BSR Guidelines on standards of care for persons with RA [46]  
PRCA Standards of care for people with MSK foot health problems [34]  
Diagnosis and Treatment of RA [42] Specially selected footwear may have a beneficial effect on pain in people with RA and foot complaints (B)
  Prescribing shoe adjustments and provisions must be considered in patients with RA and foot complaints (B)
Clinical Practice Guidelines for non-drug treatment (excluding surgery) in RA [43] Patients should be advised about footwear (GCP)
  Footwear should be regularly examined (GCP)
  Extra-width off-the-shelf or therapeutic thermoformed shoes are recommended when the feet are deformed and painful, if shoes are difficult to put on, or other footwear types have failed (C)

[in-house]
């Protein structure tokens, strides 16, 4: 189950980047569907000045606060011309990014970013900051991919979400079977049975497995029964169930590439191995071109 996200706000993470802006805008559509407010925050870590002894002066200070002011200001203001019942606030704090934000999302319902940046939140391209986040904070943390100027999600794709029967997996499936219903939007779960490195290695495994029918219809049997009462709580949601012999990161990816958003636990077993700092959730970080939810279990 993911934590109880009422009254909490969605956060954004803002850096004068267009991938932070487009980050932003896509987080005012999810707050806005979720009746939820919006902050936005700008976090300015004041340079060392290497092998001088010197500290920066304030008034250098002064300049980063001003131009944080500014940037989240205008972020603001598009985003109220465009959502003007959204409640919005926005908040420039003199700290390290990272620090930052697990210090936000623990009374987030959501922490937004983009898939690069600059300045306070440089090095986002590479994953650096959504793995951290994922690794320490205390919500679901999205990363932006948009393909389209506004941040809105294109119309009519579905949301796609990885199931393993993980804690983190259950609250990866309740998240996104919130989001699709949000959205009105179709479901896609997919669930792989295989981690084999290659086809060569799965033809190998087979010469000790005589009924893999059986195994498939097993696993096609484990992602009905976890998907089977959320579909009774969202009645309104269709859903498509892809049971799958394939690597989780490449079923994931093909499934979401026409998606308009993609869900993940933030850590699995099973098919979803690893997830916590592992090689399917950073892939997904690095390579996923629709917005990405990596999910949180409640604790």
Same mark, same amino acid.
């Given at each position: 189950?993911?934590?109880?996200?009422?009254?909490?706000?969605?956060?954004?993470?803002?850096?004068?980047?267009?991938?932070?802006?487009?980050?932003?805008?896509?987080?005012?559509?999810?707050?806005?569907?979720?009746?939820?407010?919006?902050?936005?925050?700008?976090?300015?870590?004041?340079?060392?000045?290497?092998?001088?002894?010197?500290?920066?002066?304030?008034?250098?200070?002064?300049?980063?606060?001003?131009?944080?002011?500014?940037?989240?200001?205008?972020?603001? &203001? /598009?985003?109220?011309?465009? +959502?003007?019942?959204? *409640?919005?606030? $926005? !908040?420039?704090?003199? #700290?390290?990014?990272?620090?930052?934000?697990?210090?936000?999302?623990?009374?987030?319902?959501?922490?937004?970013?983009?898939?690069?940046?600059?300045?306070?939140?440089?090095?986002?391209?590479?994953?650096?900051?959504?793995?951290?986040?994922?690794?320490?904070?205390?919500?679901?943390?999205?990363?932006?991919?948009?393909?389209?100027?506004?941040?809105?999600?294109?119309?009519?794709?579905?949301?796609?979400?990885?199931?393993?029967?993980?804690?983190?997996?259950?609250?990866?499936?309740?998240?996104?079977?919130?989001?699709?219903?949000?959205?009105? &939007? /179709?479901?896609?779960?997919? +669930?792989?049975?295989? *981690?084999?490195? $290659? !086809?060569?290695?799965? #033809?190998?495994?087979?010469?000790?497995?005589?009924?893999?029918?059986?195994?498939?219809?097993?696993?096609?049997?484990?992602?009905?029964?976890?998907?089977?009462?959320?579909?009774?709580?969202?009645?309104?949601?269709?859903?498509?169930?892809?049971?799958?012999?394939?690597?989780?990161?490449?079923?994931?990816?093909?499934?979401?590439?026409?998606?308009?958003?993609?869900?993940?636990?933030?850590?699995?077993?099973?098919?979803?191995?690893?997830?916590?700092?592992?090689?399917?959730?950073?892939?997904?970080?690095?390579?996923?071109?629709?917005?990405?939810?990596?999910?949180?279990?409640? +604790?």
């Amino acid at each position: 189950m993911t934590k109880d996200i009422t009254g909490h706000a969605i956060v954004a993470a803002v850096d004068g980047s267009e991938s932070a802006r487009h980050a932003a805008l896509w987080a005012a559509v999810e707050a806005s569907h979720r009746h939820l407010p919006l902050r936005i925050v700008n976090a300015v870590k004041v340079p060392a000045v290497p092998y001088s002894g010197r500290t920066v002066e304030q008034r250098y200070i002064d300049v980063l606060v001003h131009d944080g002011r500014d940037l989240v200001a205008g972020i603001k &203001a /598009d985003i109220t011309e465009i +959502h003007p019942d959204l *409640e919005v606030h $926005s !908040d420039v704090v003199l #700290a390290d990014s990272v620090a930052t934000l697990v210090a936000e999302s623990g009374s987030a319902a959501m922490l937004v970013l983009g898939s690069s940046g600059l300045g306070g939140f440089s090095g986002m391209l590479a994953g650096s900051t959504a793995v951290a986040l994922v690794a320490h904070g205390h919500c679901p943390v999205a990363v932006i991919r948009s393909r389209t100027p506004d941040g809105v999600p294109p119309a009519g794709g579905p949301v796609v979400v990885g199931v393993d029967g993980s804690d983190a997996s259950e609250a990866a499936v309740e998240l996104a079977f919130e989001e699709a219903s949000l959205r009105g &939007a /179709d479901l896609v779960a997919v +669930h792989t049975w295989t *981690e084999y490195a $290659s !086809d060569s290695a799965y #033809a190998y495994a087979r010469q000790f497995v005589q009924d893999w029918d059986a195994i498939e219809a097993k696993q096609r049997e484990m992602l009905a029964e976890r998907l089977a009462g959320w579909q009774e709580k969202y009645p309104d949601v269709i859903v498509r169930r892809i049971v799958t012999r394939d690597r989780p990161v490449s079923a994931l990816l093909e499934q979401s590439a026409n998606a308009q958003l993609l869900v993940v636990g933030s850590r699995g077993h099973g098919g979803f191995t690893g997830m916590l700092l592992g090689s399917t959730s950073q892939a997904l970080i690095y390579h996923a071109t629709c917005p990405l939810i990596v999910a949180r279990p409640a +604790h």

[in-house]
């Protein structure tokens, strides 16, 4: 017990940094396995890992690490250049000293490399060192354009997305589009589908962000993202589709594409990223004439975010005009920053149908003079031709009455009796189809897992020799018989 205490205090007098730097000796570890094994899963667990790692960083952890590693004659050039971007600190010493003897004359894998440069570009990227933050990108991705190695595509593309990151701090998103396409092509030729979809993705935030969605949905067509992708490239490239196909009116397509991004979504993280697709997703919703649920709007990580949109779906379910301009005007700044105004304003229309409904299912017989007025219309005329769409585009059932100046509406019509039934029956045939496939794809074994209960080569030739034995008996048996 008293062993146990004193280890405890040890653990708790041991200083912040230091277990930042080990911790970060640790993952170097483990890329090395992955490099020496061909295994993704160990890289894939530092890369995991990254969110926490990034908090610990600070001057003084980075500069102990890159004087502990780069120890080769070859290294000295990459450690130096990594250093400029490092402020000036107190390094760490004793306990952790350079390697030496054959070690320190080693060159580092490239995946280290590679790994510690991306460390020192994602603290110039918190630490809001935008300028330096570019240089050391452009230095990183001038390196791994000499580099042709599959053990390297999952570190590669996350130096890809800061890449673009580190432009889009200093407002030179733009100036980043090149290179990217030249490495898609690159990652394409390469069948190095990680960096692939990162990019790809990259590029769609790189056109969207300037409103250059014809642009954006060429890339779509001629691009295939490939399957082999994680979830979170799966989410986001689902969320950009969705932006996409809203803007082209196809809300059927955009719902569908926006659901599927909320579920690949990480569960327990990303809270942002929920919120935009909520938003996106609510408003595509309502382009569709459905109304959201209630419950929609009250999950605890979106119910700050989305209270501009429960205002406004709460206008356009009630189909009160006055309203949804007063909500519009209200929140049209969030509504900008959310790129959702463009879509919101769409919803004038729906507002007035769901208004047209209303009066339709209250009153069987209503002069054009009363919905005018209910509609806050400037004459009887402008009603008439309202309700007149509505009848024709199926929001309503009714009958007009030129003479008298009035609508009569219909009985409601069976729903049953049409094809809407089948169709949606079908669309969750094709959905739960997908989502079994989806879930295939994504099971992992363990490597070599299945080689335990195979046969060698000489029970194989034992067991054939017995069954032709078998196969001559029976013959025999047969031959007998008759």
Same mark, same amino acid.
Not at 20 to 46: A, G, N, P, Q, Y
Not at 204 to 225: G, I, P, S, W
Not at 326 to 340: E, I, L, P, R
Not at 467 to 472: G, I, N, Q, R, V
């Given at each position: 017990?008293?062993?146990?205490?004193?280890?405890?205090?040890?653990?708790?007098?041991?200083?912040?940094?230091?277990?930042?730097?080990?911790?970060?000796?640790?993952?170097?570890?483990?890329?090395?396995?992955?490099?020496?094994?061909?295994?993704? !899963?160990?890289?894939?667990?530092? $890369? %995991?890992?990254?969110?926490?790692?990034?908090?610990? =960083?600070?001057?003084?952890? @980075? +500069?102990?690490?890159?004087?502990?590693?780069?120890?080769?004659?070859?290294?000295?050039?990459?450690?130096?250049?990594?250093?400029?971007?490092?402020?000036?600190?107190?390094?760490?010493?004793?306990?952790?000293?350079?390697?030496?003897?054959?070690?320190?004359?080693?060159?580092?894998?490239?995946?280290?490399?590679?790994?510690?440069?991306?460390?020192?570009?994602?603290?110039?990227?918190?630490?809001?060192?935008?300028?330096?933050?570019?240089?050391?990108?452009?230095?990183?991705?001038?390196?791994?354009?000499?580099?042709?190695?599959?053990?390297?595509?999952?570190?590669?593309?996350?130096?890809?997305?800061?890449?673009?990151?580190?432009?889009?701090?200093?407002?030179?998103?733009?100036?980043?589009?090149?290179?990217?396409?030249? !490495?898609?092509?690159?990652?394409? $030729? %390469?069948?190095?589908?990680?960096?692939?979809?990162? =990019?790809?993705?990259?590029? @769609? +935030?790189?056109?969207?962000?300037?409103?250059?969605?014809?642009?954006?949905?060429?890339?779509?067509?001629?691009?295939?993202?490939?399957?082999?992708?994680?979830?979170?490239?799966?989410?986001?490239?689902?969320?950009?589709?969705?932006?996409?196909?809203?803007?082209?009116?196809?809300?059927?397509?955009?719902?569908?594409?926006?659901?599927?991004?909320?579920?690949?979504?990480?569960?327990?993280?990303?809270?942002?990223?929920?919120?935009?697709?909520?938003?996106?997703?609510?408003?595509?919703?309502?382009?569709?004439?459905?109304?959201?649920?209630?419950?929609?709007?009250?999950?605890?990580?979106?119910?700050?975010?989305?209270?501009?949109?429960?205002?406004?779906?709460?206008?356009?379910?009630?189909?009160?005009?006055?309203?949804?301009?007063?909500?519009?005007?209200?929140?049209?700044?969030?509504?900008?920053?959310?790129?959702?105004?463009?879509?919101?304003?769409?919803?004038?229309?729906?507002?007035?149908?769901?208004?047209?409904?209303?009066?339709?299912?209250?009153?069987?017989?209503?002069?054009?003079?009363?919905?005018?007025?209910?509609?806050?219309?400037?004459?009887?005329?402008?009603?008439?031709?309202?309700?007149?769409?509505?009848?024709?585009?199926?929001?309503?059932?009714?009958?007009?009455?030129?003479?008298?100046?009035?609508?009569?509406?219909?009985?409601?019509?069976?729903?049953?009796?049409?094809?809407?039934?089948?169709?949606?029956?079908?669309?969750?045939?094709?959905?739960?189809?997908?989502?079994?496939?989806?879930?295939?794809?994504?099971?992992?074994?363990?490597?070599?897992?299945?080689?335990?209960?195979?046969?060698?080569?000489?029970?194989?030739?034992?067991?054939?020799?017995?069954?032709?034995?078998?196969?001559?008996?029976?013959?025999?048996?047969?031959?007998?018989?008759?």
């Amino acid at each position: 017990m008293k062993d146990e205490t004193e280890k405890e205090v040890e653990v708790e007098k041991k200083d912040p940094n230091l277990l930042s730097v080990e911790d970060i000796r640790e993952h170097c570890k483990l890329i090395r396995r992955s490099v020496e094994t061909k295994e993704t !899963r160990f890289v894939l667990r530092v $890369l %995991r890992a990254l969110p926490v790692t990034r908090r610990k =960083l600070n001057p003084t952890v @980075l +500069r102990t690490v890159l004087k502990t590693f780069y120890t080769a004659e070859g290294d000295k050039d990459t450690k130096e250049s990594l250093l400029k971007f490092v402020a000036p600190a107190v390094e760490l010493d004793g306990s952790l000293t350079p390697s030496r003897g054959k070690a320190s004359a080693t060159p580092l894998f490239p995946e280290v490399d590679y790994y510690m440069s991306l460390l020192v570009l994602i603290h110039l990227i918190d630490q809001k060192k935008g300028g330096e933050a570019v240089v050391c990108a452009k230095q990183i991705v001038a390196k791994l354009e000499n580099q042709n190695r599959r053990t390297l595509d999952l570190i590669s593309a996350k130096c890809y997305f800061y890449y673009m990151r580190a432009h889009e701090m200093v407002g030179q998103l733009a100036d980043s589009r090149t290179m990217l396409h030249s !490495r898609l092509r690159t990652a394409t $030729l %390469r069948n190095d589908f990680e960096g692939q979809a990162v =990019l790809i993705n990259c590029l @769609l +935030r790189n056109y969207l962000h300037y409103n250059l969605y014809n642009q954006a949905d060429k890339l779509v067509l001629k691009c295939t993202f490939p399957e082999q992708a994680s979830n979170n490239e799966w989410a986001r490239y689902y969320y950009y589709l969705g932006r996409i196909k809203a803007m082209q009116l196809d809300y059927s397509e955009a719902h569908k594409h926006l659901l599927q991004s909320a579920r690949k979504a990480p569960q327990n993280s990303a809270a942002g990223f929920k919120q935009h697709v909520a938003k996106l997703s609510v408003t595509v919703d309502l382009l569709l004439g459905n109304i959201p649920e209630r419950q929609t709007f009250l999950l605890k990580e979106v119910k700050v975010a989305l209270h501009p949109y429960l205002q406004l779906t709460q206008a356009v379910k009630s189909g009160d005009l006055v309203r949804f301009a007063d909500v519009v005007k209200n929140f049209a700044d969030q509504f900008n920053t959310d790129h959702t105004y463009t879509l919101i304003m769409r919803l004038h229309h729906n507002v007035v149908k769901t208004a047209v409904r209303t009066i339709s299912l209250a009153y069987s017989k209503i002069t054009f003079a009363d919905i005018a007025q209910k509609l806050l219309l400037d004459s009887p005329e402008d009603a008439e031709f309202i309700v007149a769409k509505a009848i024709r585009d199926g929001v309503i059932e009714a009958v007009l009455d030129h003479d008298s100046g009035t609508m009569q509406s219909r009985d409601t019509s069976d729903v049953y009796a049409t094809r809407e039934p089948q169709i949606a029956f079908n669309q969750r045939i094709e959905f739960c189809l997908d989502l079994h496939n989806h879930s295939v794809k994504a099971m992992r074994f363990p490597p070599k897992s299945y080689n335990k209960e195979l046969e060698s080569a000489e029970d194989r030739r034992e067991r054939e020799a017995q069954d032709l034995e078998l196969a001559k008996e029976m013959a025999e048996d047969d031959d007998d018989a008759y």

Such shoes reduce pain on walking and improve functional capacity (GCP)
  Palliative customised therapeutic shoes may be prescribed when feet are seriously affected (GCP)
BSR and BHPR Guidelines for the management of RA (after the first 2 years) [48] Semi-rigid orthotic supportive shoes can be effective for metatarsalgia–reduction in pain, disability, and improvement in activity as measured by the FFI have been reported (B)
NICE RA National clinical guideline for management and treatment in adults [49] Therapeutic footwear should be available to all people with RA if indicated (D)
Clinical practice guidelines for the management of RA in Spain [52] Shoes with extra width improve the result of orthotics (A)
NWCEG Guidelines for the management of the foot health problems associated with RA [35] All patients with RA and foot pain should be considered for therapeutic footwear advice, irrespective of disease duration (B)